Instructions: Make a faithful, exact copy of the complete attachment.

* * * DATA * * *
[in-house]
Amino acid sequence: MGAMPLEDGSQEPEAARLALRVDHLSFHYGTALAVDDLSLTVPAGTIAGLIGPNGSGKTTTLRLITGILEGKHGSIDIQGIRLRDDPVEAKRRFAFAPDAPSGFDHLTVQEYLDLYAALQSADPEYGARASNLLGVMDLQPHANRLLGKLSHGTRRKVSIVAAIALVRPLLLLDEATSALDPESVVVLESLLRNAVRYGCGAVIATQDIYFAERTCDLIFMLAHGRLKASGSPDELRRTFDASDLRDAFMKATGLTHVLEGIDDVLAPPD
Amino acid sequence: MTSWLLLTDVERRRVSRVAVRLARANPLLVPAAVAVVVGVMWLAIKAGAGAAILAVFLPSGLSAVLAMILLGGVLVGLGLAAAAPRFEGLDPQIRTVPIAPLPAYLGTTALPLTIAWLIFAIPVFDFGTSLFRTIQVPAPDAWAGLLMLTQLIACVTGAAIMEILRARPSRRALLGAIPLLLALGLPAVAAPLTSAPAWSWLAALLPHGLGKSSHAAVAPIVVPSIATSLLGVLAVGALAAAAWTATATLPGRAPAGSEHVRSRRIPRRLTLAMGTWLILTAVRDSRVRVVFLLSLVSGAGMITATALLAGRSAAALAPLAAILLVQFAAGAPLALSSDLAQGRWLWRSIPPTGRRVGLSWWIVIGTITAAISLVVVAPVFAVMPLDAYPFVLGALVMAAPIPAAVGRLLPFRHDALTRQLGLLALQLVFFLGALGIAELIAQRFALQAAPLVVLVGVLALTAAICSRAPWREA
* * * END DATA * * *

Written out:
[in-house]
Amino acid sequence: MGAMPLEDGSQEPEAARLALRVDHLSFHYGTALAVDDLSLTVPAGTIAGLIGPNGSGKTTTLRLITGILEGKHGSIDIQGIRLRDDPVEAKRRFAFAPDAPSGFDHLTVQEYLDLYAALQSADPEYGARASNLLGVMDLQPHANRLLGKLSHGTRRKVSIVAAIALVRPLLLLDEATSALDPESVVVLESLLRNAVRYGCGAVIATQDIYFAERTCDLIFMLAHGRLKASGSPDELRRTFDASDLRDAFMKATGLTHVLEGIDDVLAPPD
Amino acid sequence: MTSWLLLTDVERRRVSRVAVRLARANPLLVPAAVAVVVGVMWLAIKAGAGAAILAVFLPSGLSAVLAMILLGGVLVGLGLAAAAPRFEGLDPQIRTVPIAPLPAYLGTTALPLTIAWLIFAIPVFDFGTSLFRTIQVPAPDAWAGLLMLTQLIACVTGAAIMEILRARPSRRALLGAIPLLLALGLPAVAAPLTSAPAWSWLAALLPHGLGKSSHAAVAPIVVPSIATSLLGVLAVGALAAAAWTATATLPGRAPAGSEHVRSRRIPRRLTLAMGTWLILTAVRDSRVRVVFLLSLVSGAGMITATALLAGRSAAALAPLAAILLVQFAAGAPLALSSDLAQGRWLWRSIPPTGRRVGLSWWIVIGTITAAISLVVVAPVFAVMPLDAYPFVLGALVMAAPIPAAVGRLLPFRHDALTRQLGLLALQLVFFLGALGIAELIAQRFALQAAPLVVLVGVLALTAAICSRAPWREA